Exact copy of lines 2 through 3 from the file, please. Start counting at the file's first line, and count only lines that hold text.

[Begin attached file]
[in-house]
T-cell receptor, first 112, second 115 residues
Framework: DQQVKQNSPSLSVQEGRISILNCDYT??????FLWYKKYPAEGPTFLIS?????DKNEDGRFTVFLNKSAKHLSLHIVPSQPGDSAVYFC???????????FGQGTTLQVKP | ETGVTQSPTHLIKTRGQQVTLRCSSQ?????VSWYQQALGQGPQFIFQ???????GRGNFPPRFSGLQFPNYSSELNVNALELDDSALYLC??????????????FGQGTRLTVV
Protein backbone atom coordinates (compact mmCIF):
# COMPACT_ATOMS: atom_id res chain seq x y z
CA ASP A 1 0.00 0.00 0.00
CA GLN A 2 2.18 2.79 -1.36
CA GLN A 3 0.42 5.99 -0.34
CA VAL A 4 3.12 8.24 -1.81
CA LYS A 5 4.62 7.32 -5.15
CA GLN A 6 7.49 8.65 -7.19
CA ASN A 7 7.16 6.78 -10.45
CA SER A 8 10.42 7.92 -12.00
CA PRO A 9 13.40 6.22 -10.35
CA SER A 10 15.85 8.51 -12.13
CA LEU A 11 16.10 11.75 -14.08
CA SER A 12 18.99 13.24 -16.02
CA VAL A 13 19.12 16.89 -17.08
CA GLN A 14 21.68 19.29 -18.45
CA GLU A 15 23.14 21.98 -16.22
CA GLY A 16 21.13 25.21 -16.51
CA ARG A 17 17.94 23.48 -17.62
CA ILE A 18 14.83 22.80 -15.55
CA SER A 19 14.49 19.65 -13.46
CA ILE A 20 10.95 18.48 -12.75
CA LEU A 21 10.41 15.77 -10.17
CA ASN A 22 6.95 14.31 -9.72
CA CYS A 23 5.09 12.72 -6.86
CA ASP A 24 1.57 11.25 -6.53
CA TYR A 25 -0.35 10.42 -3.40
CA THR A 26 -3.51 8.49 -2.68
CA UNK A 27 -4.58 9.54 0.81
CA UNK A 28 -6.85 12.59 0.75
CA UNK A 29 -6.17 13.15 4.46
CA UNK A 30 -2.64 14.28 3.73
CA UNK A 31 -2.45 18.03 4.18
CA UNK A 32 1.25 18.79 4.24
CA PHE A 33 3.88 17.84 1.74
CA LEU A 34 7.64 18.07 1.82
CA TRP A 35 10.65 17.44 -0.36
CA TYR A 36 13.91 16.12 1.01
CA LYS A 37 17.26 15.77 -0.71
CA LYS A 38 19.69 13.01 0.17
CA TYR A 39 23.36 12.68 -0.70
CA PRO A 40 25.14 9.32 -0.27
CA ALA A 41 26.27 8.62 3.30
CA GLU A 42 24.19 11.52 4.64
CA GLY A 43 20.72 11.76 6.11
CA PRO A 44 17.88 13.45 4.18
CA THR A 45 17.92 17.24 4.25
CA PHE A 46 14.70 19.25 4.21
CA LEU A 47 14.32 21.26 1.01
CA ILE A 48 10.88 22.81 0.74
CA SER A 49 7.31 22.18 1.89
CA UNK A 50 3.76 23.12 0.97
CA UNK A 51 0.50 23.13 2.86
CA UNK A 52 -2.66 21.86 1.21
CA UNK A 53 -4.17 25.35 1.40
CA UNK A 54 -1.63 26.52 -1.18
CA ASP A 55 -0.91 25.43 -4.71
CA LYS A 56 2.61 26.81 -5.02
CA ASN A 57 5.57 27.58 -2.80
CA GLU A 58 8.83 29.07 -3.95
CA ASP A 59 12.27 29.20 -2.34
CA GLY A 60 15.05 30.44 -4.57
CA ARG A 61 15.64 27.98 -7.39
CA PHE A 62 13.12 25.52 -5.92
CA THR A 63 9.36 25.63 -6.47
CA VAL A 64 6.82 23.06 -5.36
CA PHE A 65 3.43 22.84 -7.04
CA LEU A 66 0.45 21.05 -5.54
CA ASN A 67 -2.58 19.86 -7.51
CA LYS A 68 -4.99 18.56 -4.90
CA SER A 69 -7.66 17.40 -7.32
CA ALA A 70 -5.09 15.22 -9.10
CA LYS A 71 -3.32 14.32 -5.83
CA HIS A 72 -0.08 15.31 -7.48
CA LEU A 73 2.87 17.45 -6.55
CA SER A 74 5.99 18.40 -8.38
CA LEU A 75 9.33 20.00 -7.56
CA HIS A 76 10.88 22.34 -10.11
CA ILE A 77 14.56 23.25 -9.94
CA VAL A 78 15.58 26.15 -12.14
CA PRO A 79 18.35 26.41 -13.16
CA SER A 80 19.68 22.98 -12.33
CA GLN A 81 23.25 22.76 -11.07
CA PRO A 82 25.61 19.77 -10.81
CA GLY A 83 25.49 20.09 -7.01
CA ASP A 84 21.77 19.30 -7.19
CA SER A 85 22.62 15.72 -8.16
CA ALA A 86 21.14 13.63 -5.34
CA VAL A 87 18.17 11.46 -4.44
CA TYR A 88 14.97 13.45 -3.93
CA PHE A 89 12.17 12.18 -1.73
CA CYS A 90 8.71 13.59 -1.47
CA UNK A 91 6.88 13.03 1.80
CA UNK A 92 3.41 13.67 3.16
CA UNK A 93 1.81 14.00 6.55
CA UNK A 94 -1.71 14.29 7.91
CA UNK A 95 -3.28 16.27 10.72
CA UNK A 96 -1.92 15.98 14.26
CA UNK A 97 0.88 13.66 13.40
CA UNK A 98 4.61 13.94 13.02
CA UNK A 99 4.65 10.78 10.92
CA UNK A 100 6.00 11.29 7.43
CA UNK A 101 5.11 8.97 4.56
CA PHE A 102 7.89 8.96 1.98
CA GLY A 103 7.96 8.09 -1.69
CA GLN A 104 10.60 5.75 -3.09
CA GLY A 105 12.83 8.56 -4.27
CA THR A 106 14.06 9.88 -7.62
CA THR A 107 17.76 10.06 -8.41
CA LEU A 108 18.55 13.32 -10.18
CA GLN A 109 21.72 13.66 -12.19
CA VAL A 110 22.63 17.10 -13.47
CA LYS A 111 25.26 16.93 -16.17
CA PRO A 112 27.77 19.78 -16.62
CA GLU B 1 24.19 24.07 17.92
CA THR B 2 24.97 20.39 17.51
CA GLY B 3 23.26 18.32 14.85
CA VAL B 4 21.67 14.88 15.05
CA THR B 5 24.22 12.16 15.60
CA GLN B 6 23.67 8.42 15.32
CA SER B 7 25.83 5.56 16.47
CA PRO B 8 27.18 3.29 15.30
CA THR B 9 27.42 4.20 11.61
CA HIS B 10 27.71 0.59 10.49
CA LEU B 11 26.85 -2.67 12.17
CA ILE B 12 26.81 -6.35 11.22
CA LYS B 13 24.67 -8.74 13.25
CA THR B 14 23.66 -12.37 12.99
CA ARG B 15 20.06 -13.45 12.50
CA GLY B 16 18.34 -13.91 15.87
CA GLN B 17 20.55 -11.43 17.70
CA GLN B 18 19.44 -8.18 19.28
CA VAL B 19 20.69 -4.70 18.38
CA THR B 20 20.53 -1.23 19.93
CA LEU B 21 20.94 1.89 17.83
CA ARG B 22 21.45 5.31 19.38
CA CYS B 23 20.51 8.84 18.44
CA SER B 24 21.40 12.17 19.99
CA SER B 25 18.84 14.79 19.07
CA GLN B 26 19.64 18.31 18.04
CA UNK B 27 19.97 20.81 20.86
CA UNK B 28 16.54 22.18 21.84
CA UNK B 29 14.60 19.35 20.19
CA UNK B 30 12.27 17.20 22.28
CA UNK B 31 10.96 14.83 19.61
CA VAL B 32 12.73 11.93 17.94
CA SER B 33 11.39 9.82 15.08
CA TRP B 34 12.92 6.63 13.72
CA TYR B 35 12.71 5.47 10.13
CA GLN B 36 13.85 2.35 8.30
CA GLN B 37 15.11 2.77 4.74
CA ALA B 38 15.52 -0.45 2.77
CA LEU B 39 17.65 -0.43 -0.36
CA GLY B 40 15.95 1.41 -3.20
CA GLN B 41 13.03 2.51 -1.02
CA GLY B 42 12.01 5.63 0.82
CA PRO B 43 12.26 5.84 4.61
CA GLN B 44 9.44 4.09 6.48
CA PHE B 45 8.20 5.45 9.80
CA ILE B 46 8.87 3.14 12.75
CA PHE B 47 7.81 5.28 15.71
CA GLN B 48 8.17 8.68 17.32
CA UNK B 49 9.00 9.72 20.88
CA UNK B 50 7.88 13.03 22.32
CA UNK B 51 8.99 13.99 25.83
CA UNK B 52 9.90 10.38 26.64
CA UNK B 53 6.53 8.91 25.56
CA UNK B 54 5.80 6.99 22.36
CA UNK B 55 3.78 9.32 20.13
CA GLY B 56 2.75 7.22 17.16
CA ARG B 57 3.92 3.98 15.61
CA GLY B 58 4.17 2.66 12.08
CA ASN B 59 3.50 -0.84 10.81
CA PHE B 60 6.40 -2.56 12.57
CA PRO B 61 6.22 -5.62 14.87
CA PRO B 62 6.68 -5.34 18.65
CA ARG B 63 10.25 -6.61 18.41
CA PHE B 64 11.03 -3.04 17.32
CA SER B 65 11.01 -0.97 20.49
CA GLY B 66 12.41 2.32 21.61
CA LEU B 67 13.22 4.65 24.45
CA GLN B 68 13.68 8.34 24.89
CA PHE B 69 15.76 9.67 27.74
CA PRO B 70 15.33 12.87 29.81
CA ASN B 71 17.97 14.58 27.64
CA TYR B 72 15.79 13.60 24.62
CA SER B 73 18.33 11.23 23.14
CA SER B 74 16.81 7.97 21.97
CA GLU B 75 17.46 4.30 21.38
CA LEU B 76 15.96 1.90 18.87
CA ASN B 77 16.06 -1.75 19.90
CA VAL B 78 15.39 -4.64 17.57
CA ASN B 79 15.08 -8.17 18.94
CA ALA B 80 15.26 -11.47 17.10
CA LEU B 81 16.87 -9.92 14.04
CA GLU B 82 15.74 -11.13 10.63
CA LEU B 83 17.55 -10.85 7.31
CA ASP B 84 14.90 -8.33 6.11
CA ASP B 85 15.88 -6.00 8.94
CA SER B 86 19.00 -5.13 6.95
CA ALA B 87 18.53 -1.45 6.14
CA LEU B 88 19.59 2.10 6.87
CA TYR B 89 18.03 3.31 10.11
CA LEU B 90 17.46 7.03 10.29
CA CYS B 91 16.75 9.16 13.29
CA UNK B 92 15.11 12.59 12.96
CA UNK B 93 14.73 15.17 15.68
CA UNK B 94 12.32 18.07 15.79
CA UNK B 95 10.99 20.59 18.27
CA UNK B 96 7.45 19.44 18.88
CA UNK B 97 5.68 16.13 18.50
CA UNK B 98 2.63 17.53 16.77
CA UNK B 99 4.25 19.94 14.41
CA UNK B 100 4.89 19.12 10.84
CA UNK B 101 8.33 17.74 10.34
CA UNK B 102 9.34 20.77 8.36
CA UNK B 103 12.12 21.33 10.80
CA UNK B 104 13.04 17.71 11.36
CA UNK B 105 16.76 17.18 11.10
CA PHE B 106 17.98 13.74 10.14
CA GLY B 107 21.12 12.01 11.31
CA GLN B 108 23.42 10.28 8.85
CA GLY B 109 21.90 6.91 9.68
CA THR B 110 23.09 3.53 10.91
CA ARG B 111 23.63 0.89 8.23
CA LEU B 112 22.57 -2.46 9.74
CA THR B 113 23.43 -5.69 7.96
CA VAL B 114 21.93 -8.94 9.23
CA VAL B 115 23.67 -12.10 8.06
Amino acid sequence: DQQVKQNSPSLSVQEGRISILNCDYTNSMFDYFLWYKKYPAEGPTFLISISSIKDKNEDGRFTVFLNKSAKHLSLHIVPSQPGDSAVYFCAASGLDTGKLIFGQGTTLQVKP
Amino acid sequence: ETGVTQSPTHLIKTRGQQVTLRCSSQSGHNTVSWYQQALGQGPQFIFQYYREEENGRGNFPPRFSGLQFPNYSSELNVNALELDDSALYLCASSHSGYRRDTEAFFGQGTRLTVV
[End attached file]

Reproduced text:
T-cell receptor, first 112, second 115 residues
Framework: DQQVKQNSPSLSVQEGRISILNCDYT??????FLWYKKYPAEGPTFLIS?????DKNEDGRFTVFLNKSAKHLSLHIVPSQPGDSAVYFC???????????FGQGTTLQVKP | ETGVTQSPTHLIKTRGQQVTLRCSSQ?????VSWYQQALGQGPQFIFQ???????GRGNFPPRFSGLQFPNYSSELNVNALELDDSALYLC??????????????FGQGTRLTVV